You don’t have to look far to find conflicting information on the news, the Internet and from family and friends. The vaccine protects against the sexually transmitted disease called human papillomavirus (HPV), and girls aren’t the only ones at risk.
You don’t have to look far to find conflicting information on the news, the Internet and from family and friends. The vaccine protects against the sexually transmitted disease called human papillomavirus (HPV), and girls aren’t the only ones at risk. HPV causes genital warts in males and females, and can result in cervical cancer and cancers in other areas, including the vagina, vulva, penis, anus and throat. The HPV vaccine can protect against as much as 90 percent of cervical cancers. Does your child need it or not? Here are some common myths about HPV and the vaccine, and what you need to know.
Myth: Boys don’t need the vaccine
Truth: Yes, they do. Both boys and girls can get HPV from sexual contact, including sexual intercourse and oral sex. Most people with HPV don’t know they have it because they don’t notice any symptoms. This means both males and females with HPV can pass it on to others without knowing it. Males need the vaccine just as much as females in order to keep themselves and their sexual partners safe from HPV.
Myth: My child is not sexually active, so she doesn’t need the vaccine.
Truth: The vaccine works by protecting the body from the virus before it comes in contact with the virus. It does not protect against a virus that is already in the body. Therefore, it’s recommended that girls and boys be vaccinated before they become sexually active. Current recommendations are for youth to get vaccinated at age 11 or 12. If that does not happen, then any age up to age 26 will still offer some protection. Since kids are becoming sexually active at an earlier age — more than 40 percent of high school age kids have had sex — it’s best to stick with the age recommendation of 11 or 12 years old.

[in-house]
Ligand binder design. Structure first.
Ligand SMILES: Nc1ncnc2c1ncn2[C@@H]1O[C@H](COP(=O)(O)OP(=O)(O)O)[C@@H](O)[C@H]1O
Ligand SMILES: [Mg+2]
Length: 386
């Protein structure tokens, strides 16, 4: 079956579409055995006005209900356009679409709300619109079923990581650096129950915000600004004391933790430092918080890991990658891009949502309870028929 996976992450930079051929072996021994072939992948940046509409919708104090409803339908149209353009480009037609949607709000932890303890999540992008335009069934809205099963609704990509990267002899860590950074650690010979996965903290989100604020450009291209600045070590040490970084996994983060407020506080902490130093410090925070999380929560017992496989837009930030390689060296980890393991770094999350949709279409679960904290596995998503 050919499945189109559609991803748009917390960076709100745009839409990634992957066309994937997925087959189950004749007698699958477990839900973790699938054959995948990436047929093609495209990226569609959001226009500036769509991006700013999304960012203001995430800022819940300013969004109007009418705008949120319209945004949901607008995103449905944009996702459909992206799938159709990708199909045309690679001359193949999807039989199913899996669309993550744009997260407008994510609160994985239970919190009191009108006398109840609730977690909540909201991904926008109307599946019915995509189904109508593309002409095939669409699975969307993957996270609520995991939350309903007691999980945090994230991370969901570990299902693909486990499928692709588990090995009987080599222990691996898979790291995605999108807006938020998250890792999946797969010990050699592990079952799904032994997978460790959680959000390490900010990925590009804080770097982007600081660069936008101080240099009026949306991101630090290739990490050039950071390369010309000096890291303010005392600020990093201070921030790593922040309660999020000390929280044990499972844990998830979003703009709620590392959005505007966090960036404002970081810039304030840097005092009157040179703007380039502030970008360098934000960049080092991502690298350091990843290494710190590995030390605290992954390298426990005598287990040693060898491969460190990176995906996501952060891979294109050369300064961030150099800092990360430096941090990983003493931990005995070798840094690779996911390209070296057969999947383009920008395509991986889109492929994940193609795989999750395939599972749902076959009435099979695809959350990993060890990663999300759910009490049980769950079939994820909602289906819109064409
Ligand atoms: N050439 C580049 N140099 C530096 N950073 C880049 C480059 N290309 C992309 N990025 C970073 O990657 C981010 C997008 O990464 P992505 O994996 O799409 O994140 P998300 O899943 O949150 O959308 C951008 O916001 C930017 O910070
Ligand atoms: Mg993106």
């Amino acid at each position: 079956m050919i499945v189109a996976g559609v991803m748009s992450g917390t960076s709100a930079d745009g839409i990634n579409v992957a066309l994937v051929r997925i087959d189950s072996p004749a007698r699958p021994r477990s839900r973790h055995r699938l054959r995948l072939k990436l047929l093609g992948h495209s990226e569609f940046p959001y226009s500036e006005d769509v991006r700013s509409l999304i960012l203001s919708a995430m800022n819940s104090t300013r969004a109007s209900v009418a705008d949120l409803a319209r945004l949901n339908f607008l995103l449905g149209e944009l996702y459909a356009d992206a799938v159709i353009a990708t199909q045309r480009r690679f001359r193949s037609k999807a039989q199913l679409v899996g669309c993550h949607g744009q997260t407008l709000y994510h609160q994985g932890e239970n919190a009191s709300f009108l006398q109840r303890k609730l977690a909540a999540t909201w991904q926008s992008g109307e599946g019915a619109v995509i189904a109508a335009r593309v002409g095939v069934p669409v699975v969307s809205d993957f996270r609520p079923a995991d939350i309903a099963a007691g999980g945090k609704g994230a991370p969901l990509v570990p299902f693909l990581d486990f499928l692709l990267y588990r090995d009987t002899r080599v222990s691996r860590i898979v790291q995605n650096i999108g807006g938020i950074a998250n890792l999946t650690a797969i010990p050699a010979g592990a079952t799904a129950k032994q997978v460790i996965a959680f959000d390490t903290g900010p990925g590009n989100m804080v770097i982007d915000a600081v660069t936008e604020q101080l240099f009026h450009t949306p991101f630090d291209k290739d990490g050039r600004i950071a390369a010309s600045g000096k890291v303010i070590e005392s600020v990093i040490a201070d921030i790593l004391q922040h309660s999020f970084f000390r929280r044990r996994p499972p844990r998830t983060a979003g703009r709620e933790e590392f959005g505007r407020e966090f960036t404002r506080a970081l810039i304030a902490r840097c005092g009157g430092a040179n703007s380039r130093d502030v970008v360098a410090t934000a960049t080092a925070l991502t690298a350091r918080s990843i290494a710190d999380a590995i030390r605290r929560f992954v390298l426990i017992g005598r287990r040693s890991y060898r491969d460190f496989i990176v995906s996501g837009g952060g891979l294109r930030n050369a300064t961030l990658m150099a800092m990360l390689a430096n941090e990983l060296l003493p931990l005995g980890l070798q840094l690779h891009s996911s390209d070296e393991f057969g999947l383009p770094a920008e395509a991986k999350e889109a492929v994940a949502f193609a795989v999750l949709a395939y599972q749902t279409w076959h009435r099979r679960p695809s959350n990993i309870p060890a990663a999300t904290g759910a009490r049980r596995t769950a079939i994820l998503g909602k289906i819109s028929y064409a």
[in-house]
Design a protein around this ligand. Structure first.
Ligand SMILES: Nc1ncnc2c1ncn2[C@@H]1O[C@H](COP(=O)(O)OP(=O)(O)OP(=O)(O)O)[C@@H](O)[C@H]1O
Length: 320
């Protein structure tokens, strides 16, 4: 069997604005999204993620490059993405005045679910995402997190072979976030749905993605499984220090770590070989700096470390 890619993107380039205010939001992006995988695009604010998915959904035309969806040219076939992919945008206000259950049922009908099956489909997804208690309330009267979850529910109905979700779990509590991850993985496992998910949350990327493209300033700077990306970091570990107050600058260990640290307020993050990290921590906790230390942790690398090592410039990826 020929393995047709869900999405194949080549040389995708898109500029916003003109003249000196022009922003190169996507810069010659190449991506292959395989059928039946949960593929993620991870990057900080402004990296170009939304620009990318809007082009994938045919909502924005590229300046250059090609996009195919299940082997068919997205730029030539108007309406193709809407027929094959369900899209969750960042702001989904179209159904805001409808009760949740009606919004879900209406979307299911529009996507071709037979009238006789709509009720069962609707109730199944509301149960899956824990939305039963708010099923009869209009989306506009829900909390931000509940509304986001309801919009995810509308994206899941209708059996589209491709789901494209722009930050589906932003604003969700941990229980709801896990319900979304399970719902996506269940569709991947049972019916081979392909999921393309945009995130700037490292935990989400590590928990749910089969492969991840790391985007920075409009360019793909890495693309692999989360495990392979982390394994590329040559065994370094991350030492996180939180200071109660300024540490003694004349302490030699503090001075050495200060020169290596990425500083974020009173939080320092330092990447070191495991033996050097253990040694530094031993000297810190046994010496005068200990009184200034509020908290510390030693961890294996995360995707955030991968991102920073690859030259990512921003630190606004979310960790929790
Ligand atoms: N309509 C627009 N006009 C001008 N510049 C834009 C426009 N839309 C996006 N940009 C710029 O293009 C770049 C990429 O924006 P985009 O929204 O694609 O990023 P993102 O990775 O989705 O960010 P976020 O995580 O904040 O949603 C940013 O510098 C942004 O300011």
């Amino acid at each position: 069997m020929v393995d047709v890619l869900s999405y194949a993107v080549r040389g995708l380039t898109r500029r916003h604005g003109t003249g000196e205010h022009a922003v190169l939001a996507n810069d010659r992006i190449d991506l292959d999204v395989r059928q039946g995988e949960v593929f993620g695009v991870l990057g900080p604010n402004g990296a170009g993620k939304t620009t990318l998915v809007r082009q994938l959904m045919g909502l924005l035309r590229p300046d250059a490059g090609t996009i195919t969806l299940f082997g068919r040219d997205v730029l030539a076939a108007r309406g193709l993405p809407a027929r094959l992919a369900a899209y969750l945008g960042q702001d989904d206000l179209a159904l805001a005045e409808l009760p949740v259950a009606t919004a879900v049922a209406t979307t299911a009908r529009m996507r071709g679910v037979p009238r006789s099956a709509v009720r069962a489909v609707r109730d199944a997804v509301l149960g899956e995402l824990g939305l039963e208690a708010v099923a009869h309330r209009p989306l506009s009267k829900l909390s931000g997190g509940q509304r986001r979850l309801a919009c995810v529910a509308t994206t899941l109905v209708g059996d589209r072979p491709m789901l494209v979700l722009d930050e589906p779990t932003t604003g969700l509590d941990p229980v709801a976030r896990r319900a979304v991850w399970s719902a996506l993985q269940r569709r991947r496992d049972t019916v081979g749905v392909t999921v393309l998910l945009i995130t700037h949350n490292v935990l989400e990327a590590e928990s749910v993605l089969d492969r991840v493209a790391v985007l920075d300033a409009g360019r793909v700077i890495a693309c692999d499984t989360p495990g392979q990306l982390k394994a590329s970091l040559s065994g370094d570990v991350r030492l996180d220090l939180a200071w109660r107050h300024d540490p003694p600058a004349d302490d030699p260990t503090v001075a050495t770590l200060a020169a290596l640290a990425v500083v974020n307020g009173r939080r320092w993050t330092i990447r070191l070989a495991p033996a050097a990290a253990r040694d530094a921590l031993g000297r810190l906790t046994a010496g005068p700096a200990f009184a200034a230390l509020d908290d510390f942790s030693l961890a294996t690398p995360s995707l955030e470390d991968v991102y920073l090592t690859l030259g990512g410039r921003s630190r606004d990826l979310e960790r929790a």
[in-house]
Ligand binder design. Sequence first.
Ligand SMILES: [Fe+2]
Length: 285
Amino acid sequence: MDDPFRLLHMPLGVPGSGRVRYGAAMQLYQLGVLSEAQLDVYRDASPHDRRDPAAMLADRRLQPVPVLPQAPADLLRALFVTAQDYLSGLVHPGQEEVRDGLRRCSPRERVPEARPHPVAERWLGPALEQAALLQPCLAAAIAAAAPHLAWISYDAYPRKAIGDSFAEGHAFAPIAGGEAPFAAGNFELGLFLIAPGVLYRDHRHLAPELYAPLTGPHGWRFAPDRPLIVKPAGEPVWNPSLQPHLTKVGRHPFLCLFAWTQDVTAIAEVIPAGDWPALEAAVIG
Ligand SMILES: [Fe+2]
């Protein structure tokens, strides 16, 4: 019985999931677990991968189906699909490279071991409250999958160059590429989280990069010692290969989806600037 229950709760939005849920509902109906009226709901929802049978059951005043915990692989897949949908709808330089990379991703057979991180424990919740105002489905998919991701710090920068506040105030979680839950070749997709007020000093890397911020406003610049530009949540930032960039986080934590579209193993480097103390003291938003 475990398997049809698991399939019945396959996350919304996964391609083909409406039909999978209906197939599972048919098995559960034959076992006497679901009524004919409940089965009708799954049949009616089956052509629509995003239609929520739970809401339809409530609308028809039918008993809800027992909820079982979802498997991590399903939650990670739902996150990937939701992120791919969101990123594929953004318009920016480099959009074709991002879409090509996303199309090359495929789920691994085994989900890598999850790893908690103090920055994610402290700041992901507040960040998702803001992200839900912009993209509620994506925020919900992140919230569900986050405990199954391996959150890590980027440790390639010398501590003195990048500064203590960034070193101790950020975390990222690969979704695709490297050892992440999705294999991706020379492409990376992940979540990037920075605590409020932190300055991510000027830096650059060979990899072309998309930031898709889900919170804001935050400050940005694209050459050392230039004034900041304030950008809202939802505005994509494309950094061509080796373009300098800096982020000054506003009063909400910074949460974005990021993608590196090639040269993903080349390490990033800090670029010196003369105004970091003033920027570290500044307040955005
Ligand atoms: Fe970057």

Myth: My child had one HPV vaccine. She’s covered.
Truth: The HPV vaccine is a three-shot series over a period of six months. It works best when you get all three shots on schedule. Researchers don’t yet know how much protection it offers in only one or two doses. If you missed a shot and more than six months has passed, you can still catch up to improve your protection. The bottom line is cervical cancer is the second-leading cause of cancer deaths among women. Don’t take a risk of not being protected — get all three shots on schedule.
Myth: I had the vaccine, so I’m protected against sexually transmitted diseases.
Truth: The vaccine protects against nine strains of HPV — and HPV only. It does not protect against the more than 20 different types of STDs out there. Anyone who is sexually active should use condoms to protect against other STDs and have routine checkups with a doctor.
Questions to ask your doctor:
Does my child have any allergies or health issues that would cause a reaction to the vaccine?
Which HPV vaccine is best for my child?
Watch a video featuring Meredith Loveless, M.D., a pediatric and adolescent gynecological specialist with Norton Children’s Hospital Gynecology Specialists, as she explains why getting the HPV vaccine is safe and the right thing to do.